In a double taper 6 weight for example, the old school designation would be HDH, where the thin diameter part of the taper at either end of the line would be diameter "H", and the belly of the line would be the thicker diameter "D". So if there's a chance any of the letters got rubbed off it might look like an "H" (modern 2 weight) when it's really something else.

If you have any other fly lines like a 5 or 6 weight for other rods, you could try them on the rod, (take it easy on the blank) and see if it seems like the line is way heavy. If so, then it's more than likely a 2 weight.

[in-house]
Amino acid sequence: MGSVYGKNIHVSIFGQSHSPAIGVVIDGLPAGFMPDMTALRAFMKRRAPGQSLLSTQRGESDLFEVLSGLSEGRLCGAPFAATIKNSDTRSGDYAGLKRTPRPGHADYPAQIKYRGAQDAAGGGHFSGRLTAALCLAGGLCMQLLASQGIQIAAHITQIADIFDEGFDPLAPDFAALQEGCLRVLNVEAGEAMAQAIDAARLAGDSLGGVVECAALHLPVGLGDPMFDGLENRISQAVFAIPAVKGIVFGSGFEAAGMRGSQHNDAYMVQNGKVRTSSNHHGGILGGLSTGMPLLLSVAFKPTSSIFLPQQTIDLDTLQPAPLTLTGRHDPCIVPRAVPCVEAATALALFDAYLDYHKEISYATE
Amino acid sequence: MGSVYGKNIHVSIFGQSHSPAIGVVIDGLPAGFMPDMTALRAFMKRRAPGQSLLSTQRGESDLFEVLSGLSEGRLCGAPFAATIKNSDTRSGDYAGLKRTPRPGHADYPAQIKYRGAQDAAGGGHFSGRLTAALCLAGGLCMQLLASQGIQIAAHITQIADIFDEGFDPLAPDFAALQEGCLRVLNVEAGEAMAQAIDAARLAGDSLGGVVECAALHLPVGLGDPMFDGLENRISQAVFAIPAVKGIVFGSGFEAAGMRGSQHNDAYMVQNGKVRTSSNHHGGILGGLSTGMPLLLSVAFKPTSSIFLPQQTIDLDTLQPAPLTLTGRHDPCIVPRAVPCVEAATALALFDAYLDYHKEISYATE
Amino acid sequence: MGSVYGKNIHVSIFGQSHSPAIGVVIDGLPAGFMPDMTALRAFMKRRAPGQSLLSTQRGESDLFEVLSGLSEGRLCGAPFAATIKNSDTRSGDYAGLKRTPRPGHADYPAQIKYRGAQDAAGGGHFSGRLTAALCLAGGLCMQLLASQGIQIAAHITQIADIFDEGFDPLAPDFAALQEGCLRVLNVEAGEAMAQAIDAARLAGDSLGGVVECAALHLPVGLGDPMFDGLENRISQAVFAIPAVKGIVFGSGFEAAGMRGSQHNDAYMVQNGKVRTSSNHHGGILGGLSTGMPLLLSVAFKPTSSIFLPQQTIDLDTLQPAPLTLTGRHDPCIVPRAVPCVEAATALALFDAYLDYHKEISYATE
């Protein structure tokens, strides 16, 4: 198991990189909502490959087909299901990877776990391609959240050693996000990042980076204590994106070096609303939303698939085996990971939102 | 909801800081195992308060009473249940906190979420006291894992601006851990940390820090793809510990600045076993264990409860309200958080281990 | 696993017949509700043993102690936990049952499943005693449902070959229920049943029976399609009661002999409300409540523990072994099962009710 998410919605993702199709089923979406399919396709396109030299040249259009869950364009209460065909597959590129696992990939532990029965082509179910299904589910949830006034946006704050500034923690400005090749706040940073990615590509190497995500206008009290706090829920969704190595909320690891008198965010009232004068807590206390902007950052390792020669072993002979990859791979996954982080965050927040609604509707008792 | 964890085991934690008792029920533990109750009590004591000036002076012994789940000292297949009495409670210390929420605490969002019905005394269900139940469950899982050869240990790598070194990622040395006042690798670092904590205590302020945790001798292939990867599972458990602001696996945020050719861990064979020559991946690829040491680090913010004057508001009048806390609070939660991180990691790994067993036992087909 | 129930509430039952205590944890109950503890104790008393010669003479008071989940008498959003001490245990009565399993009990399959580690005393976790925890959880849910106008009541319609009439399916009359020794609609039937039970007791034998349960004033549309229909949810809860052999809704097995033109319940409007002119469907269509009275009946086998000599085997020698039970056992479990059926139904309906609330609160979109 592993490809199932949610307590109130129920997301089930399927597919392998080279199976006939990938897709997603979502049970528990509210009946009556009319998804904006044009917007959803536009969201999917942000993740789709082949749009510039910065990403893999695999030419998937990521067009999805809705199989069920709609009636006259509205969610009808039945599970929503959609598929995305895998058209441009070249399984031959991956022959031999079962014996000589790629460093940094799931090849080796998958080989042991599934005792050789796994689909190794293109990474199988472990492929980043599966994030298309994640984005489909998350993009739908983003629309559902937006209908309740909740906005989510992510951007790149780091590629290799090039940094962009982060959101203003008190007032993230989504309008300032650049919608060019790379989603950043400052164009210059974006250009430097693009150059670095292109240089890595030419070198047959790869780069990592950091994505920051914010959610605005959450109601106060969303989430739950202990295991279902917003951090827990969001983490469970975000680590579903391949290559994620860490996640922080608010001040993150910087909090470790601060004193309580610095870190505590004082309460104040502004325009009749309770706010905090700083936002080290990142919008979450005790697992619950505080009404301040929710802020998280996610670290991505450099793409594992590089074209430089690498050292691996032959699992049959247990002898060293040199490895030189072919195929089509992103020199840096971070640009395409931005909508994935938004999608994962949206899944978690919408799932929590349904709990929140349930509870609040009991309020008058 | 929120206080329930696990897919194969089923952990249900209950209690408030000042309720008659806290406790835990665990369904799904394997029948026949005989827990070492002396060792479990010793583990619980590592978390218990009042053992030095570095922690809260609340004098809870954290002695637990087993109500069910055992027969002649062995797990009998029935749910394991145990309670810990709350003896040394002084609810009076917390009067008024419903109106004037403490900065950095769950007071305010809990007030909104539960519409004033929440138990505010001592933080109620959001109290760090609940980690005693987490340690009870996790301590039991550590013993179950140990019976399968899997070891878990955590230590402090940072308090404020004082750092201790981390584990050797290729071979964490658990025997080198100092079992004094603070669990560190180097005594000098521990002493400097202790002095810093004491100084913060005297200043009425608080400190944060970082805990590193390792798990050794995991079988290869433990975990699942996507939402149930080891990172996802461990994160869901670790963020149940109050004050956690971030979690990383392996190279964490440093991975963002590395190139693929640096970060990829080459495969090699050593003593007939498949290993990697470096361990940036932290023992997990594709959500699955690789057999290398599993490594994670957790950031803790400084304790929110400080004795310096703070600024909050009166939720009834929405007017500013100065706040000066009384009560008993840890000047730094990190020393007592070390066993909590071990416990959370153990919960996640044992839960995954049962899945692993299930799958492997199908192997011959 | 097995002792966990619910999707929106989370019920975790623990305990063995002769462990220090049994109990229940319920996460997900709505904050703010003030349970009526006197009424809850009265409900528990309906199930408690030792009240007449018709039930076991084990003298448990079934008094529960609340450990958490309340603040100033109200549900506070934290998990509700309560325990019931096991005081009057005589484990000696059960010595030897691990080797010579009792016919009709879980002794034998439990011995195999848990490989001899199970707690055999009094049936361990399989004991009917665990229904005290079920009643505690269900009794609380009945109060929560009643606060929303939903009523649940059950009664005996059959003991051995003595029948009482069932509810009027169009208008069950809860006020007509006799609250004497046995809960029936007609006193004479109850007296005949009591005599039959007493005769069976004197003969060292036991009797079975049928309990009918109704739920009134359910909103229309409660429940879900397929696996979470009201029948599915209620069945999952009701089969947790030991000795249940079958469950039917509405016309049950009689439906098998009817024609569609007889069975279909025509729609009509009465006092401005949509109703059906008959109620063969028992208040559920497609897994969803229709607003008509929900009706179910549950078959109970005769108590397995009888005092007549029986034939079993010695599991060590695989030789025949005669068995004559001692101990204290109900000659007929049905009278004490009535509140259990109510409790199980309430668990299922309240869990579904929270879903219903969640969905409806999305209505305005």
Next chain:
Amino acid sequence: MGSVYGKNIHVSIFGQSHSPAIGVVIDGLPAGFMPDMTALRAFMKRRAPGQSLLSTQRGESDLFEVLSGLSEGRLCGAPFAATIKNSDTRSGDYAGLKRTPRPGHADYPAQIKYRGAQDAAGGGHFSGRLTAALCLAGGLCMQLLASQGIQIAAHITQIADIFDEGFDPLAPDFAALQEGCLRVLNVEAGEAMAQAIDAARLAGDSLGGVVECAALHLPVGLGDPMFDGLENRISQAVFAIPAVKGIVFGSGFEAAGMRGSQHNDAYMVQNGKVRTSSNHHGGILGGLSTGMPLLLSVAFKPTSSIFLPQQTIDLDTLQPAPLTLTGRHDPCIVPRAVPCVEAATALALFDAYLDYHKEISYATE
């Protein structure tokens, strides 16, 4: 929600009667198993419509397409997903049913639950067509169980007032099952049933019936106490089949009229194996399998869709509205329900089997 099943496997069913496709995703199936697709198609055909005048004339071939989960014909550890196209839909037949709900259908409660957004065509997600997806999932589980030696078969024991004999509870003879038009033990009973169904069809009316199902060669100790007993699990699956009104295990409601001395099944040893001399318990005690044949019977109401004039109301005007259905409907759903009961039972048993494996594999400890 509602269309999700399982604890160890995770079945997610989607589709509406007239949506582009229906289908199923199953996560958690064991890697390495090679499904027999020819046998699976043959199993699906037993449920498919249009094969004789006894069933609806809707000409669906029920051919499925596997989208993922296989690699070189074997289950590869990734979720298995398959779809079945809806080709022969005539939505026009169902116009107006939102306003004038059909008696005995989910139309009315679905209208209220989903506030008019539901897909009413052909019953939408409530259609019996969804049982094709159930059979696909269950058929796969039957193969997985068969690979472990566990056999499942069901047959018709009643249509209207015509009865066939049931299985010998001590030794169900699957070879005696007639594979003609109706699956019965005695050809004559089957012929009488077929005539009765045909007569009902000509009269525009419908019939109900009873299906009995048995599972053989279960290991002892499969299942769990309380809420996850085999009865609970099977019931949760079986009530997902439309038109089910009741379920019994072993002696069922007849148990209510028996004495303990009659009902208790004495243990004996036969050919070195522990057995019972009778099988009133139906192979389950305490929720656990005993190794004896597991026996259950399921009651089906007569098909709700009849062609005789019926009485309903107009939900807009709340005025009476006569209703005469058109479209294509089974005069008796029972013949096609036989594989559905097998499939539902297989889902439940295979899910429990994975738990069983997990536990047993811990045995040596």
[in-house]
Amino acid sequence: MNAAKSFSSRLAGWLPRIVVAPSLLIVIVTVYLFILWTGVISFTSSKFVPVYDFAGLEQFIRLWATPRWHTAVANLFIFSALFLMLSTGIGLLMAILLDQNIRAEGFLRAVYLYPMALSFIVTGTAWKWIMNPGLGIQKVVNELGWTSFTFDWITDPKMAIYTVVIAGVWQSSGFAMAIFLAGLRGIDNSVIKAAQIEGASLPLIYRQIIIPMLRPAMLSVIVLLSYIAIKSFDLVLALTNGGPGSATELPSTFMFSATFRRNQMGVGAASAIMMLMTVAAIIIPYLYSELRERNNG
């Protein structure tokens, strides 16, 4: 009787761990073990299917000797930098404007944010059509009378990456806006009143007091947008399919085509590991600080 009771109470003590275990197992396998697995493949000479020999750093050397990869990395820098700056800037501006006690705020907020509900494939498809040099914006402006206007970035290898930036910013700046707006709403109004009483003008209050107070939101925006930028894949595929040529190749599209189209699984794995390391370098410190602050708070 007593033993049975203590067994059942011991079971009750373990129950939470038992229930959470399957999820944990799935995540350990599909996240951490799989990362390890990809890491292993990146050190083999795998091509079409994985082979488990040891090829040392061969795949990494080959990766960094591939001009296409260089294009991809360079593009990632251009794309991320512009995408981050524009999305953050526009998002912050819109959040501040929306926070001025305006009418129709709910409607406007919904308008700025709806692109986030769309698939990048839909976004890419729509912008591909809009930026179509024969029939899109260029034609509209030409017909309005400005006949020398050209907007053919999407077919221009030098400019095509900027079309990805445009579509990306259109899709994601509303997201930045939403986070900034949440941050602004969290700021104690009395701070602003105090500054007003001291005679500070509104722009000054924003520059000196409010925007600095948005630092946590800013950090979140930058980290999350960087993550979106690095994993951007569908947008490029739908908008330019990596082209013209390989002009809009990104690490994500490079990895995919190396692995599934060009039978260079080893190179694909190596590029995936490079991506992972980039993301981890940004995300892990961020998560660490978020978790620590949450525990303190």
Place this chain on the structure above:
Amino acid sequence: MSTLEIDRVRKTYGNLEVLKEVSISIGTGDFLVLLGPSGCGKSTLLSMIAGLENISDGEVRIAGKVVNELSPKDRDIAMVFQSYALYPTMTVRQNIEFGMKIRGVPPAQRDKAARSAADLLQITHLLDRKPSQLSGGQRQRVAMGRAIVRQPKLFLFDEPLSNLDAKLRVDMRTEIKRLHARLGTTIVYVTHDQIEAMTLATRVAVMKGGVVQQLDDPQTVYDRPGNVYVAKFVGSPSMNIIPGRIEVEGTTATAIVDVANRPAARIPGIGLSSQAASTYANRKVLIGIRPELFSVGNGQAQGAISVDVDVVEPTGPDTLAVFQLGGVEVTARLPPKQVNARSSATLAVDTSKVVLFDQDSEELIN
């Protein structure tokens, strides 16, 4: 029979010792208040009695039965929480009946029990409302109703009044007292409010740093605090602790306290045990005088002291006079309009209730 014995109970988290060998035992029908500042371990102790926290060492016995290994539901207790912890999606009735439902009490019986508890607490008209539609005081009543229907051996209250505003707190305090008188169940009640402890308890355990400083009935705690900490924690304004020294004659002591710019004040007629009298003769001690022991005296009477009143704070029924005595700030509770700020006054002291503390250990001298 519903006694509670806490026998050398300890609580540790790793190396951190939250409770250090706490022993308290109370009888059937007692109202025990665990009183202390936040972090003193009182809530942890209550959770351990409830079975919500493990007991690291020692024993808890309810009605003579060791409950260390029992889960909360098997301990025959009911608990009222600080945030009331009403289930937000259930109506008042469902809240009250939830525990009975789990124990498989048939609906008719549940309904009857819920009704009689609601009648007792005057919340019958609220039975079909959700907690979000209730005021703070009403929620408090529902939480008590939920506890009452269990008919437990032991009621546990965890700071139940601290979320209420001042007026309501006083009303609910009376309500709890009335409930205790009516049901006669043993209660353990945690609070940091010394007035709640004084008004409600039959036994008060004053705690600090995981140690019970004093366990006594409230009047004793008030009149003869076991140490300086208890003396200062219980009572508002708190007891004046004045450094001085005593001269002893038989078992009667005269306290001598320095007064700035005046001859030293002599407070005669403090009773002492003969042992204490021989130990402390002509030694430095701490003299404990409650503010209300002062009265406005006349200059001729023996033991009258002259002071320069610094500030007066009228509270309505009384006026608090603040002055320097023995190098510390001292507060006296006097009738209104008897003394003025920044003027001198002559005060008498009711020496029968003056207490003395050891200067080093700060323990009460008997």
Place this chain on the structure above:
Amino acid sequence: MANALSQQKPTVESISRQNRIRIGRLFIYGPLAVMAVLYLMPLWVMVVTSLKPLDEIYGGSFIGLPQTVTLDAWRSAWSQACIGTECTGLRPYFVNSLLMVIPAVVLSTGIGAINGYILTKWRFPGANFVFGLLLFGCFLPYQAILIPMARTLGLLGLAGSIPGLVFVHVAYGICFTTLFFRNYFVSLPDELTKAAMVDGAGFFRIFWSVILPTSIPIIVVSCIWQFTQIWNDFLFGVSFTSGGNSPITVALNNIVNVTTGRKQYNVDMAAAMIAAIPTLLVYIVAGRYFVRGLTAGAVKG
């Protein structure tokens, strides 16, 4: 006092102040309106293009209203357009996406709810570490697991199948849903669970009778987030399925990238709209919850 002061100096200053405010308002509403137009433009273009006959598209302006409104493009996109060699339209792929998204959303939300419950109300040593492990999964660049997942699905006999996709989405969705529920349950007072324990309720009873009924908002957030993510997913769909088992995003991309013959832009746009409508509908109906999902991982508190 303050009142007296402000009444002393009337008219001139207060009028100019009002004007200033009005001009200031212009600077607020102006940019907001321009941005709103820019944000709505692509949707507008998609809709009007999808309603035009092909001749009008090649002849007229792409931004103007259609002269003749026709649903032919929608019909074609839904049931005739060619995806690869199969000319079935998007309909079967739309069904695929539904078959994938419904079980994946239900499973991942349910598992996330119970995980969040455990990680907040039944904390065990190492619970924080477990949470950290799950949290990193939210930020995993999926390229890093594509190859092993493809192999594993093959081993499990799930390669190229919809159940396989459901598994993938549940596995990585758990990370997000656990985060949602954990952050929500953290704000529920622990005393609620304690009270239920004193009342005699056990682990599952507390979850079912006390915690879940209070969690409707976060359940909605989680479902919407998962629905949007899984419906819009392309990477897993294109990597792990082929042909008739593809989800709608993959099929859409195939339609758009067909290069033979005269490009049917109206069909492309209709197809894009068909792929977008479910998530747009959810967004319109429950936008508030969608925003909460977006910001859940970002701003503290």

If all else fails, the folks at fiberglassflyrodders - Message Board - Yuku could probably help you out, or you could contact Wright McGill.

Hope this helps. Sounds like a great piece of history you have there. It'll be great to get it out on the water. Good luck with it!

mark
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Old 04-09-2009, 09:32 AM
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Default Re: Green Hornet

Hi KRD,

"Then there would be a third letter for DT or WF line. Thus, a rod with "HCH-HCF" would be a 7wt: HC means 7wt, and the third letter in each group signifies the DT or WF line".


Thanks for that link. I think the above statement needs a little clarification. The third letter in the three letter designation identifies the size of the running line. It is true that you can tell if the line is a double taper or weight forward line but that is not what the third letter was for.